Good news. I could finally make a link between simulation and reality. Forrest made real measurements that up to now I could not link to either the tiger tables nor the simulation tool I used. Thanks to the answer I got from the father of the eCalc tool in Switzerland, I can now explain the missing link and show that the data measured by Forrest in the excel for me are quasi identical to the simulated ones.

The missing link is the fact the eClac alone is useless to define a motor configuration. Indeed it does not say anything about thrust. You need to use the complimentary propCalc tool (see picture below) to check thrust and wattage (or amps). ONLY if these two tools give a green light (for a motor and prop combination), i.e. ok with the watts, ok with the thrust, ok with the RPM simulataneously in the two tools, then you can make a conclusion that the motor/prop combination will work.

For example, we made a mistake about the MN3510-360KV. I could not understand why everything seemed ok on eCalc, but then when effectively measured on the testbench it almost fried Forrest and his lab (I hope you have a fire insurance at least). I should also have used propCalc and I would have seen that 15x5,5 props exceed largely the maximum wattage of 330 watts of this motor (although it seemed fine on eCalc). Reversely, reducing the prop size in propCalc to get just at the 330 watts limit, gives me then a thrust value of around 1700grams which is exactly what Forrest measured on his testbench!

Another conclusion is that I could really well use the 3510 motor, but with maximum prop size of 15x4 (just at wattage limit).

Here the comparative pictures between Forrest's toasted measurements at 70+°C and propCalc :

• MR60

A promised, I give you hereunder the answers from the eCalc "father" on my questions about eCalc reliability measurements. I provide their statements in italic fonts :

-"eCalc does NEVER calculate thrust for intermediate throttle settings - only for full throttle."

This is important to know because i always used eCalc to look for a motor combination that gives about "50%" throttle and based on the AUW, the thrust at 50% is deduced. So this is incorrect (and explains why eCalc did not provide the expected results versus true measurements <- this is my interpretation)

-"When compairing Benchtests you have to compare at the same Voltage Level!"

This is important because by default eCalc selects an average voltage based on the number of cells. The guy from eCalc showed me where to correct this:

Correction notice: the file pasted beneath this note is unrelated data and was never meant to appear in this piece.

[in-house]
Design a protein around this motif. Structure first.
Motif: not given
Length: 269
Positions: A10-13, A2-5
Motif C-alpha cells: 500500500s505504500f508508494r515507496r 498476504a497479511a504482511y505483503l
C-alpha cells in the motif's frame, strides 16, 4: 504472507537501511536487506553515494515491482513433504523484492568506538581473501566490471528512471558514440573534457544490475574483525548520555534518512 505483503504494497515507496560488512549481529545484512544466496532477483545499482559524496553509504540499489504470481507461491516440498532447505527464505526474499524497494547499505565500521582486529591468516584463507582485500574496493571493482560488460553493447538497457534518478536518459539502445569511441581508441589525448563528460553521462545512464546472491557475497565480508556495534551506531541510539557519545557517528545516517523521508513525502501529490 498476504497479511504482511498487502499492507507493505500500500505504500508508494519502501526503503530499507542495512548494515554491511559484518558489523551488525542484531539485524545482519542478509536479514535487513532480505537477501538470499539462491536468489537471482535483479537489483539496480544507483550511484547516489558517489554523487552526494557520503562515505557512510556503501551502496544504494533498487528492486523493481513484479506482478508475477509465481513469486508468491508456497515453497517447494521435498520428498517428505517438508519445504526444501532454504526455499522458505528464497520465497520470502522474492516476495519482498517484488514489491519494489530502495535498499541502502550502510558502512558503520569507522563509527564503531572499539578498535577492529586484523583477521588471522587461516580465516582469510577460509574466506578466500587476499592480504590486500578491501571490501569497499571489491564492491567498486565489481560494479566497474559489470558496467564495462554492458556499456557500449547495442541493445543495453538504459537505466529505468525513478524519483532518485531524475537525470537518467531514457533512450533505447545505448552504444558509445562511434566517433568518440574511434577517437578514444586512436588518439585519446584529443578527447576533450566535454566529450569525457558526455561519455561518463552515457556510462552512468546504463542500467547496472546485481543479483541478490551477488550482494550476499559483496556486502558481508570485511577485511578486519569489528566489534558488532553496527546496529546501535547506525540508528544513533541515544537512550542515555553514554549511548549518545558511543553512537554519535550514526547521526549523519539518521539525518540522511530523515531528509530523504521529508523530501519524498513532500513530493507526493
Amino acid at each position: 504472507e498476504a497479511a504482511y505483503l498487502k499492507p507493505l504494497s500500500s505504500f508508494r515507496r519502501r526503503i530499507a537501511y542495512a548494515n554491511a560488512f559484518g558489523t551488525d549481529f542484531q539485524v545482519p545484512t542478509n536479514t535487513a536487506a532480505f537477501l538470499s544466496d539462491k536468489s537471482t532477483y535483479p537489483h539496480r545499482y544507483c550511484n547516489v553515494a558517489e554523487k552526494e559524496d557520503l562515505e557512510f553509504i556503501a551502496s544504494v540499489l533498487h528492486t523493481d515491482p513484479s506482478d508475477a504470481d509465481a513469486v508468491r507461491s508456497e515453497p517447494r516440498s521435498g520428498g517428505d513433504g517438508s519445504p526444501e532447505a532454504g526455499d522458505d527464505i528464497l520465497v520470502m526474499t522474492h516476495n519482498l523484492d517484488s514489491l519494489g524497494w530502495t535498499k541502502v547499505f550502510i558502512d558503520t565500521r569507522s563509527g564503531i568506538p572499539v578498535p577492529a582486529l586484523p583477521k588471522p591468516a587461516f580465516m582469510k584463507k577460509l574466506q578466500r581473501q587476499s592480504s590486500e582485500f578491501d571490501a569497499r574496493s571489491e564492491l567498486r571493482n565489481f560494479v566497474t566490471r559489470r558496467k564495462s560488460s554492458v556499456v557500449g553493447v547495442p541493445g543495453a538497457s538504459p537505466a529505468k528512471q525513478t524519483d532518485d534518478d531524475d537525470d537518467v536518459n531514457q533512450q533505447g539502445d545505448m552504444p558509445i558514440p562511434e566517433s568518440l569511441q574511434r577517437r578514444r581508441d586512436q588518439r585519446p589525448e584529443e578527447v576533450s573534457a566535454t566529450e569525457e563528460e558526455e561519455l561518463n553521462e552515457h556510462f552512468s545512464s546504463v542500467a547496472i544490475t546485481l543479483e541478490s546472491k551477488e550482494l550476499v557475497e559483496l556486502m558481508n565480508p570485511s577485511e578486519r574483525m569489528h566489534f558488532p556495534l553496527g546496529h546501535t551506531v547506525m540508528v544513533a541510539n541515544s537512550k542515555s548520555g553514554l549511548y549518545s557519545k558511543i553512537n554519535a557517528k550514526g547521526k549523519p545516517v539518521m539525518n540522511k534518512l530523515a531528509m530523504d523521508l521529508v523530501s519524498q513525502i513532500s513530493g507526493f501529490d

so if you comparing the tiger data, you have to manipulate the Voltage for Max (or Hover) to come up with the same voltage level in the corresponding calculation....

I asked him the question: "I also found this here where again it gives completely different results than eCalc : https://www.youtube.com/watch?v=ejA1xPvcJXE. It is a tiger MN4014-400KV tested with two sets of props (14x6 -> 2,585Kg thrust @18,9 A and 15x5->1,215Kg thrust @5,4A). Where is the catch ?"

-"...hard to make a statement based on this video. propCalc does calculate quite good thrust results but far off with the amps...???"

Here the guy refers to propCalc, different tool than eCalc that does provide Full thrust information (not at 50% throttle unfortunately). I di dnot know its existence, I will take a look. He showed me a comparison between propCalc and the MN4014-9 motor that is quite good indeed on thrust but totally off on amps.

He also showed me on two different motors : MN3117 (the one I have now) and MN4012-13 that eCalc was indeed quite close to the tiger motor tables on the amps and wattage (there is nothing that eCalc says about thrust, so this cannot be compared. PropCalc must be used instead). This by changing the voltage param as shown in picture above, to be at exactly 22,2V (for 6S).

hope this will help others to use/interpret better the results of eCalc and propCalc.

Anyway I'm still undecided about which |@@#{#{# motor to choose from. But now that I know for sure that we cannot use eCalc for thrust comparison and that tiger tables are maybe not so nonsense, I will redo a quick motor scan.

• MR60

Thx a lot Forrest for the results. It's great information.

to understand correctly the high voltage tab : column H "Thrust" show the measurements you got with 6 S ? Do the red numbers (in same column) mean that you capped the thrust value ?

Was the voltage 22,2 Volts for all measurement points ? (so I can derive amps)

I'm going now to compare your measured values with what eCalc generates and with the RC tiger tables so I could maybe determine the best comparative source for motors (eCalc or tiger tables or none).

I notice that thrust values range for all motors between 450 and 1500. Only the last thrust point (in red, column H) varies. How should I interpret this ?

Would there be a way for you to measure the thrust at a gross 50% throttle position (roughly define by the stick in mid position) and the 100% position (stick fully up) ? except if there is a way to link your data points to throttle % ?

You suggested earlier that the MN4012 400KV had a better efficiency based on rc tiger motor tables. Based on eCalc, with my AUW, this motor is not at all efficient  : eCalc give around 60% efficiency at hover, which I don't really believe. Would be interesting to test that if you have this motor.